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ABPI

Pre-budget report: ABPI response

Two initiatives that will boost the UK’s research and development effort, announced in the Chancellor of the Exchequer’s Pre-Budget Report, have been welcomed by the Association of the British Pharmaceutical Industry (ABPI). In particular, the ABPI has applauded the Government’s pledge to examine how best it can help firms that are key to boosting R&D in the UK, including through tax credits. “The ABPI has long argued that, while the R&D tax credits provide a very welcome incentive for smaller pharmaceutical companies, they do not help such companies to continue growing beyond a certain size,” said Dr Philip Wright, Director of Science and Technology at the ABPI. “We are delighted to hear that the Government has recognised the R&D tax credit gap for growing biopharmaceutical companies, and that it is going to see how best it can help the mid-sized firms that are often lagging behind their US counterparts. ” The pharmaceutical industry in the UK spends nearly £10 million every day on the research and development of new, innovative medicines, amounting to about one-third of all UK industrial R&D. The ABPI has also welcomed the establishment of a regular forum to strengthen the partnership between Government, business, academia and other R&D stakeholders. The Chancellor has asked Sir Tom McKillop, Chief Executive of AstraZeneca, to chair the group. “The announcement within the past two weeks of the closure of Exeter University’s Chemistry Department – the latest in a number of such closures – gives additional urgency to the establishment of this forum,” said Dr Wright. “We must have the right environment to encourage young people to take up and pursue science, and we are anxious to take part in this group’s activities to foster that end.”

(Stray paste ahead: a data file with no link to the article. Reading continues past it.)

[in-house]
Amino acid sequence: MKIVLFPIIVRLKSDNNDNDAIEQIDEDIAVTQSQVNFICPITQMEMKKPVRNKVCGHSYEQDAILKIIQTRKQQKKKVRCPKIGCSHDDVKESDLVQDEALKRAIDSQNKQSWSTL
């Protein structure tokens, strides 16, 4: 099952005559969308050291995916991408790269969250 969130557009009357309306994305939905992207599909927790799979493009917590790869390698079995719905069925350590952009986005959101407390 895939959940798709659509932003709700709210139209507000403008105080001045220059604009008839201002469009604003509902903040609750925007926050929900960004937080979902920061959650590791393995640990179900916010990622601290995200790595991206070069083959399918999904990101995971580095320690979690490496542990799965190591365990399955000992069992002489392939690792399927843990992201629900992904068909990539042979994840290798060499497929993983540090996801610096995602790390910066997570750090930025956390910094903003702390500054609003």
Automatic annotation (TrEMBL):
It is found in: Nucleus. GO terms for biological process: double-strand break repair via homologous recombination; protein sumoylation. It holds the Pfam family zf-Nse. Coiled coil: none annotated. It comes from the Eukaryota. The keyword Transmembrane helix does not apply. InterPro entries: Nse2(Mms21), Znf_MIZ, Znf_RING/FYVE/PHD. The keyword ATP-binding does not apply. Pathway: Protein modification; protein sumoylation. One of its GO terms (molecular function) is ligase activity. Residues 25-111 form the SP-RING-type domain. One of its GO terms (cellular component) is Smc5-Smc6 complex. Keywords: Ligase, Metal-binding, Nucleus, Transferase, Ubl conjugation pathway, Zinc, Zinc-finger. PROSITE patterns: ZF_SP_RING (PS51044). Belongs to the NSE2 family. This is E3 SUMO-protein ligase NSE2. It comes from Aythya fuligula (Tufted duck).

Dr Richard Barker Director General ABPI

Stem cell research provides fresh hope for heart disease patients

Researchers are using stem cell research in an attempt to help repair damage caused by heart disease, according to a report published by the Association of the British Pharmaceutical Industry (ABPI). Clinical studies have already indicated new tissue formation and improved function in patients who have received stem cell treatment after a heart attack, the report states. Though further investigation is required, this is a promising clinical start for this new technology.

And studies in the laboratory also show that embryonic stem cells can be made to develop into certain types of heart cells and could be used to restore cardiac function. “The UK is a world-leader in the development of stem cell research, and very exciting possibilities are opened up by the research outlined in this report,” said Dr Richard Barker, Director General of the ABPI. “The pharmaceutical industry has already been hugely successful in developing a wide variety of medicines to tackle the different heart conditions that afflict people. However, much remains to be done and the prospect of restorative therapy being developed from the new, cutting-edge science of stem cell research is especially exciting.” Heart disease remains the biggest killer of people under 75 in the UK, and costs the NHS more than £2 billion every year. Heart and circulatory disorders alone account for 11 per cent of NHS expenditure – virtually the same percentage the NHS spends on all medicines for all diseases. The report, Target Heart, points out that trends in heart disease continue to rise because of the ageing population and changes in lifestyle. Heart failure and angina are also responsible for a greater reduction in patients’ quality of life than most other diseases. Death rates from heart disease vary in different parts of the British Isles, with the highest rates in Scotland. Many forms of heart disease are a result of unhealthy lifestyle – including lack of exercise, excessive alcohol, smoking and poor diet – although there are certain conditions to which genes contribute. A considerable range of medicines already exists which is, the report states, a clear sign of the progress that has been made by the pharmaceutical industry. However, it adds: “The next decade and beyond are likely to see the introduction of entirely new approaches to the treatment of heart disease.” In particular, it expects the focus of research to move increasingly from what happens in heart disease to why it happens – and, by understanding this better, to modify the underlying disease process.

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